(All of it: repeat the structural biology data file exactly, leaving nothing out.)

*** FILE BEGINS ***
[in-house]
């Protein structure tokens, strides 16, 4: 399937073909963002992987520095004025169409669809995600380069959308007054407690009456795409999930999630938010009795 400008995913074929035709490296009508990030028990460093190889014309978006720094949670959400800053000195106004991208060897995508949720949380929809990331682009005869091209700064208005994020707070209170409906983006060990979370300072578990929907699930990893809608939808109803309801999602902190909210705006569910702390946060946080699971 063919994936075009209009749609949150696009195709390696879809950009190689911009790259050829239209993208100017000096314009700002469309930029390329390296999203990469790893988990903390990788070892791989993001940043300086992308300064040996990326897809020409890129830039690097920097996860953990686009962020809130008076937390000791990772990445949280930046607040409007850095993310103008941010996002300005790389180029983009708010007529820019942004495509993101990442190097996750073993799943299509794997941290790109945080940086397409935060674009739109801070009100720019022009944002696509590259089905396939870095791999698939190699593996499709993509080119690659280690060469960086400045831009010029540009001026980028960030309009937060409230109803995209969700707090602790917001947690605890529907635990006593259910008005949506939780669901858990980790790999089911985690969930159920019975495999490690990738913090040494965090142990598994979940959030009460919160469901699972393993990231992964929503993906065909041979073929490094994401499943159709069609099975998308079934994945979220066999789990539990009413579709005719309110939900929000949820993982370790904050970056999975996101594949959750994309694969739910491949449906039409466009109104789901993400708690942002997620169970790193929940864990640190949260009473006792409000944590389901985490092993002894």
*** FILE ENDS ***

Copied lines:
[in-house]
């Protein structure tokens, strides 16, 4: 399937073909963002992987520095004025169409669809995600380069959308007054407690009456795409999930999630938010009795 400008995913074929035709490296009508990030028990460093190889014309978006720094949670959400800053000195106004991208060897995508949720949380929809990331682009005869091209700064208005994020707070209170409906983006060990979370300072578990929907699930990893809608939808109803309801999602902190909210705006569910702390946060946080699971 063919994936075009209009749609949150696009195709390696879809950009190689911009790259050829239209993208100017000096314009700002469309930029390329390296999203990469790893988990903390990788070892791989993001940043300086992308300064040996990326897809020409890129830039690097920097996860953990686009962020809130008076937390000791990772990445949280930046607040409007850095993310103008941010996002300005790389180029983009708010007529820019942004495509993101990442190097996750073993799943299509794997941290790109945080940086397409935060674009739109801070009100720019022009944002696509590259089905396939870095791999698939190699593996499709993509080119690659280690060469960086400045831009010029540009001026980028960030309009937060409230109803995209969700707090602790917001947690605890529907635990006593259910008005949506939780669901858990980790790999089911985690969930159920019975495999490690990738913090040494965090142990598994979940959030009460919160469901699972393993990231992964929503993906065909041979073929490094994401499943159709069609099975998308079934994945979220066999789990539990009413579709005719309110939900929000949820993982370790904050970056999975996101594949959750994309694969739910491949449906039409466009109104789901993400708690942002997620169970790193929940864990640190949260009473006792409000944590389901985490092993002894």